UFC 173 results: Jamie Varner's injury and referees protecting fighters

Stephen R. Sylvanie-USA TODAY Sports

It's okay to stop a fight because you're worried about the health of one of its participants.

If you're around mixed martial arts (MMA) for any amount of time you'll undoubtedly hear some promoter, likely Ultimate Fighting Championship (UFC) President Dana White, tell you how safe the sport has become. That's due mostly to the fact that it's now heavily regulated.

The problem? Incompetence runs rampant in both the commissions that regulate organizations like the UFC, and the officials assigned to work the shows.

That brings us to last night's (Sat., May 24, 2014) UFC 173: "Barao vs. Dillashaw" pay-per-view (PPV) that took place at the MGM Grand Garden Arena in Las Vegas, Nevada, and the Jamie Varner vs. James Krause fight (see the highlights here) that kicked off the main card.

During said bout, Varner, at some point early on, injured his leg. This was obvious to literally everyone watching because there were no less than three separate occasions that he attempted to utilize it normally and clearly demonstrated he could not.

He fell without being touched at least three times.

Seeing this, did the referee, Jason Herzog, step in to call a halt to the action so he could have the doctor check on Varner to make sure he was physically fit to continue performing? Nope. He let it ride, because TOUGHNESS and JUST BLEED, I guess.

Varner would ultimately make it to the end of the first round before the action was stopped because he couldn't even get up to make it to his corner without assistance.

Dana White, typically as hard on referees as anyone in this space, decided not to go after Herzog. Instead, he talked about how tough Varner was for gutting it out through the entire first round (via MMA Fighting).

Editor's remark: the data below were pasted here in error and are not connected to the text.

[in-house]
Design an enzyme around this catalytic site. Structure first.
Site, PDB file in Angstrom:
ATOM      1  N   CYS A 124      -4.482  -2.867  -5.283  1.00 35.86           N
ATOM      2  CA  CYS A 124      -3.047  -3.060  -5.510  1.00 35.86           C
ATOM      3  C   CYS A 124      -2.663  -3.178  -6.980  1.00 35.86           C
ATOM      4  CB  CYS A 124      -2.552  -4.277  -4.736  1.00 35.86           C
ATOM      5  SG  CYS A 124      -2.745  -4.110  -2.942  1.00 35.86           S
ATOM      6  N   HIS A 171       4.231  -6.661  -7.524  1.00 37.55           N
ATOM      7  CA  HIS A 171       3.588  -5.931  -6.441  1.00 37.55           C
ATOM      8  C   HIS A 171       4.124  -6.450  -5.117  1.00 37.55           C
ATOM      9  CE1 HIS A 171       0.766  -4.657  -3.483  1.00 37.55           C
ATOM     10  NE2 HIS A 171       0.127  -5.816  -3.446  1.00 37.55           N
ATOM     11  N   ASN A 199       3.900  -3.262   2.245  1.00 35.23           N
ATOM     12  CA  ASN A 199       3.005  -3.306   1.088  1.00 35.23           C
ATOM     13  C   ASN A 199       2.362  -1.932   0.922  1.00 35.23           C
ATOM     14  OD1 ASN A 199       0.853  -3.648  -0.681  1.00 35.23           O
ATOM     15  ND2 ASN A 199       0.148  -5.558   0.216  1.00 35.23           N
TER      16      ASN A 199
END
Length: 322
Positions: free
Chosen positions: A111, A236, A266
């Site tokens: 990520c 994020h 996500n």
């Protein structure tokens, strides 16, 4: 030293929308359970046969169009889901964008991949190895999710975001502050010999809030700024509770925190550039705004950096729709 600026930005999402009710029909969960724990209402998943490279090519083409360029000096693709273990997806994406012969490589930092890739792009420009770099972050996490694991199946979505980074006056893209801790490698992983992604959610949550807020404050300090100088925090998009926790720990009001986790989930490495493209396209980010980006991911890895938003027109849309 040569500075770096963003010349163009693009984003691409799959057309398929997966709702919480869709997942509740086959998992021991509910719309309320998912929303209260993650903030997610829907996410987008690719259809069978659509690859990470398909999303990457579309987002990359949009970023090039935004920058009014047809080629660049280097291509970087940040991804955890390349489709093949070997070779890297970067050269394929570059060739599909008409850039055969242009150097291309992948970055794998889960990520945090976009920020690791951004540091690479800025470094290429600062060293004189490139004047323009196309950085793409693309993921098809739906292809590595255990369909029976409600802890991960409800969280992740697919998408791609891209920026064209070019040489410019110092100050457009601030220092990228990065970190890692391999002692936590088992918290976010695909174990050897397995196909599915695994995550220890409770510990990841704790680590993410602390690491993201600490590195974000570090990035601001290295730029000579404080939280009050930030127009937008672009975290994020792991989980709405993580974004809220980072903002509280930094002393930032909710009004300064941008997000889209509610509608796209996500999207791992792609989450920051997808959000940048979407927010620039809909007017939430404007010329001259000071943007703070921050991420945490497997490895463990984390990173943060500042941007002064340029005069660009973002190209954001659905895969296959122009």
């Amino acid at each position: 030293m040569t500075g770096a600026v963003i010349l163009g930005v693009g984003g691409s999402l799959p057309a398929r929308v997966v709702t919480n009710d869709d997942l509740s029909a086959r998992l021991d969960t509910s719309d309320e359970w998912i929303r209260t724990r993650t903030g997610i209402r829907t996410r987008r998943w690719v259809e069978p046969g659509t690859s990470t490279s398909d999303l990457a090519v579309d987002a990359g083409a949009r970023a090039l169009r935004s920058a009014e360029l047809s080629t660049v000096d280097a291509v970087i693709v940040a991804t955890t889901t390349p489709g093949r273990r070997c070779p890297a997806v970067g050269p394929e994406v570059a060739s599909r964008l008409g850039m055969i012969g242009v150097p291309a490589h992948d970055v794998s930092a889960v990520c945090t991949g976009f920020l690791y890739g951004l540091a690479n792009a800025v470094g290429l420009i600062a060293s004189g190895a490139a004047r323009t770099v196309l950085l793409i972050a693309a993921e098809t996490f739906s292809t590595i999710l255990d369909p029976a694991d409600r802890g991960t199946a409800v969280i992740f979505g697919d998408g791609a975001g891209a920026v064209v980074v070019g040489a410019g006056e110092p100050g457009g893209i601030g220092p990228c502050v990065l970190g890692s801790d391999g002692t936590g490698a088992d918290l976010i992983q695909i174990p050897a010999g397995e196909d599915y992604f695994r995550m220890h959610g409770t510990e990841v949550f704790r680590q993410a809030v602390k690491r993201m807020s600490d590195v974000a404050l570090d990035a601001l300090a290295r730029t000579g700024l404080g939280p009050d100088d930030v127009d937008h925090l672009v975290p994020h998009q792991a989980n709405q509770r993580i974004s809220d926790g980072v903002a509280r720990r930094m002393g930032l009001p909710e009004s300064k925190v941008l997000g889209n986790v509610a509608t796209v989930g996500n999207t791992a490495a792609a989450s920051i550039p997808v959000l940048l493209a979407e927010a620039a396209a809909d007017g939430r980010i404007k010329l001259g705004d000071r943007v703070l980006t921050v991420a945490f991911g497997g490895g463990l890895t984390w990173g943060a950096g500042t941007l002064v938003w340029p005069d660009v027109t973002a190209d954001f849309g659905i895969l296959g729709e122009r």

"Usually they'll quit, guys will tap out and say ‘ahhh, I broke my ankle. There was no quit in that kid. That's one of those situations where, he kept going. That's a tough one. By the end of that round he's like, ‘that's it, I'm done.' He fought that whole round. The corner didn't throw in the towel, the ref didn't stop the fight, but he wasn't complaining, either. You'll see guys, lesser things happen and guys try to stop. Varner is all heart and that's a tough one. "

Varner's toughness in this situation is without question. I've severely injured both my ankles, so I can imagine how awful it surely was for him to attempt to do his job with faulty equipment.

I cannot, however, understand why everyone, White included, seems to be okay with making this a non-issue.

Varner is told to protect himself at all times. He did his job by continuing to fight despite the fact that he was badly injured. Could he have tapped out and ended things prematurely? Sure, but he's an athlete, and a fighter nonetheless; he's not stopping unless he's made to, and sometimes, clearly, not even then.

That's when it becomes the referee's job to see the fighter's inability to do something as simple as stand properly and call a halt to the action to bring the cageside doctors in for a quick check up. If nothing's wrong, no harm done, they'll simply restart the bout. If something is wrong, as there clearly was here, you're saving a guy from injuring himself even further, which is likely exactly what Varner did.

The diagnosis:

Even if he didn't make it worse by continuing to fight, he never should have been allowed to.

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